I've mentioned before Raymond Postgate's Verdict of Twelve, but I wanted to read it again before featuring it as a Friday Forgotten Book, and this I've now done. In all, I've read it three times - first in an edition with an excellent intro by Michael Gilbert, who selected some splendid crime classics for a series published by Hodder. He is far from alone in admiring Verdict of Twelve. Postgate was the brother in law of G.D.H. Cole, but his novel was very different from Cole's work - it owed much more in its ironic style to Anthony Berkeley.
The book has three parts plus an epilogue. In the first part,we are introduced to members of a jury about to hear a murder case. One or two of the jurors have dark secrets of their own, and Postgate provides a series of vivid portraits that I found gripping. One character, a dry academic, reminded me a bit of Douglas Cole, actually, though Postgate wisely made sure that there were differences as well as similarities in the man's CV and personality.
The second part of the story tells us about the murder. But who is to be the victim, and who the killer? It's a rather grim story about cruelty to a child, and it has a literary inspiration that is not explained until the later stages of the book. Then comes the third part, which takes us inside the jury room,and shows how the debate about guilt and innocence shifts - often according to prejudice, rather than reason. If you are sceptical about juries - and I always have been - this book does nothing to make you share the view of such great lawyers as Lord Denning and Lord Devlin that the jury is an essential bulwark of freedom and justice.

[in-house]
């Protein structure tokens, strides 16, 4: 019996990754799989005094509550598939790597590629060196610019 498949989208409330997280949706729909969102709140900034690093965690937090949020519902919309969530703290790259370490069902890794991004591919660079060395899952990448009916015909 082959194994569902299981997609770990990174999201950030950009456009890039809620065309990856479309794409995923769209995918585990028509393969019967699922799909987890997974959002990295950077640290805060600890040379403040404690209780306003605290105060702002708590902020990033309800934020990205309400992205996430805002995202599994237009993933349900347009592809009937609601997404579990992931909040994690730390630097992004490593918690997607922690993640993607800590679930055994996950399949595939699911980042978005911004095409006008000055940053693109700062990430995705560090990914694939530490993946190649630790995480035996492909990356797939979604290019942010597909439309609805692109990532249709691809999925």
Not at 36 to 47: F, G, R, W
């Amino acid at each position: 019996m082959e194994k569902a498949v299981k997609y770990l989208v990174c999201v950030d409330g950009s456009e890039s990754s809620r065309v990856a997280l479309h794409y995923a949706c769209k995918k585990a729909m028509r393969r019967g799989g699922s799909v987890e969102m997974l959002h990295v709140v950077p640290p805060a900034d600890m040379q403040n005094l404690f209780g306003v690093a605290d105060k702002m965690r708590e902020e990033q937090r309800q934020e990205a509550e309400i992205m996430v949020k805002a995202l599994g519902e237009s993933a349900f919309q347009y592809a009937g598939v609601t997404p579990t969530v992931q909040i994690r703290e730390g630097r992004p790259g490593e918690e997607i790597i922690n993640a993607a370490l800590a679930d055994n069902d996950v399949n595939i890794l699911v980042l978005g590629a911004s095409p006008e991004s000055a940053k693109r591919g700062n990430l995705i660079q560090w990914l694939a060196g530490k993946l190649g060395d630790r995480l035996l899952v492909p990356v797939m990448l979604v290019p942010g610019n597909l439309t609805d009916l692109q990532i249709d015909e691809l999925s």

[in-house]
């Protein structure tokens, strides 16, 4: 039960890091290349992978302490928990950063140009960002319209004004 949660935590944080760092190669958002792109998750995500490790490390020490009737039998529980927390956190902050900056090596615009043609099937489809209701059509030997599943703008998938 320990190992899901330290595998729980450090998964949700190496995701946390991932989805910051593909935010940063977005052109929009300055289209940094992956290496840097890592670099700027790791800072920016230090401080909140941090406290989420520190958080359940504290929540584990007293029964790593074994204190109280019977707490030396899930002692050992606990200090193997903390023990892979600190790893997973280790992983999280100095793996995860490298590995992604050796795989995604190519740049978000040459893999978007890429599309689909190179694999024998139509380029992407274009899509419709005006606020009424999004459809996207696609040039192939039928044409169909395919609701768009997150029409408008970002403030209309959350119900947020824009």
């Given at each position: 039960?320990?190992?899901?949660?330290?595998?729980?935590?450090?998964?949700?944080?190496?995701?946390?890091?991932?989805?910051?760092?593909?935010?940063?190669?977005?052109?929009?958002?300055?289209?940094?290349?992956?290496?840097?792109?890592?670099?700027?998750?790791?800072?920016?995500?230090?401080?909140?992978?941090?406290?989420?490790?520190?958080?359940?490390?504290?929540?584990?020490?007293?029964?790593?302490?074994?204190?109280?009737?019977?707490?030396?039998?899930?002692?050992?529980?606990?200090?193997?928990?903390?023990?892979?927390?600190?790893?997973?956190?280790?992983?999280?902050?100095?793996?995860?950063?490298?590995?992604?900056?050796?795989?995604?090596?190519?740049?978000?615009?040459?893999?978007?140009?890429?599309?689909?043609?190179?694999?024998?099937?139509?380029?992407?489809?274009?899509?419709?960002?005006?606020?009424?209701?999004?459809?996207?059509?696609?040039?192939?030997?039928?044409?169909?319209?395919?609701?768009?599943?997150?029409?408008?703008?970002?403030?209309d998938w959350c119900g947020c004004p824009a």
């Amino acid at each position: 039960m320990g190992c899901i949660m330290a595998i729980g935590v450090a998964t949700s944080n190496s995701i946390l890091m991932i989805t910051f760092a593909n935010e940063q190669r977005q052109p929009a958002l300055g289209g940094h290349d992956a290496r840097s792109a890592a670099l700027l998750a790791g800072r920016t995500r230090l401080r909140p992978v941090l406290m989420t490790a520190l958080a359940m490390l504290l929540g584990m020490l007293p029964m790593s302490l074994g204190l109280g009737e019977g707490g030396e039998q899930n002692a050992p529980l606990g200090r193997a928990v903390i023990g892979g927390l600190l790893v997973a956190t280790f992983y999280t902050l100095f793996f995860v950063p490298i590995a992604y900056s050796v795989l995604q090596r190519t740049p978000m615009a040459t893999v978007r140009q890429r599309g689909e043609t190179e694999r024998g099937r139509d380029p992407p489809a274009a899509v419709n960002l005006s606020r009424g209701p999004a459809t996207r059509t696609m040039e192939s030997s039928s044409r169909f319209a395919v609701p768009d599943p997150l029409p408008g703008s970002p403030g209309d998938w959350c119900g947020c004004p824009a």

There is a nice twist in the epilogue, but I guess the big question about this novel is - what does it tell us about justice? Nothing comfortable, that's for sure. Postgate's Marxist take on things won't be to everyone's taste, but I enjoyed this book as much on a third reading as I did previously. I really must try again Postgate's two later crime novels - when I first read them, I felt they were a let-down, but maybe they are worth another look. In any case, Verdict of Twelve remains a must-read for any fan of classic crime.
The structure of this sounds really intriguing. Thanks for the review.
I'm sure you'd enjoy it, Kelly
I enjoyed it too, and felt very much as you did, entertaining but not a classic. But I LOVED that setting!
Wonderful writing, but the first part of the novel set such a high standard that I felt let down by the actual description of the crime -- particularly the epilogue, which could have been so much more effective if the possibility of the child being the poisoner and the revelation of the Srendni Vashtar story hadn't already been thoroughly discussed by the investigators. I also expected much more about the jury's deliberations, given the amount of time spent at the outset to the background of several of the jurors.
That said, I loved the book and raced to order the only other two of his I could find . . . then came to your excellent blog and discovered that I'm probably in for a disappointment! Ah well -- it does make me long for another book about juries and wonder why more hasn't been made of this psychological hotbed! I suppose we have Twelve Angry Men and The Runaway Jury, but can you think of others? --Just wondering! I know I'm very late (several years' late, actually!) to this discussion, but I just now read VERDICT OF TWELVE and simply had to write about it! I always enjoy the Forgotten Book posts and do eventually get around to reading all that I can . . .
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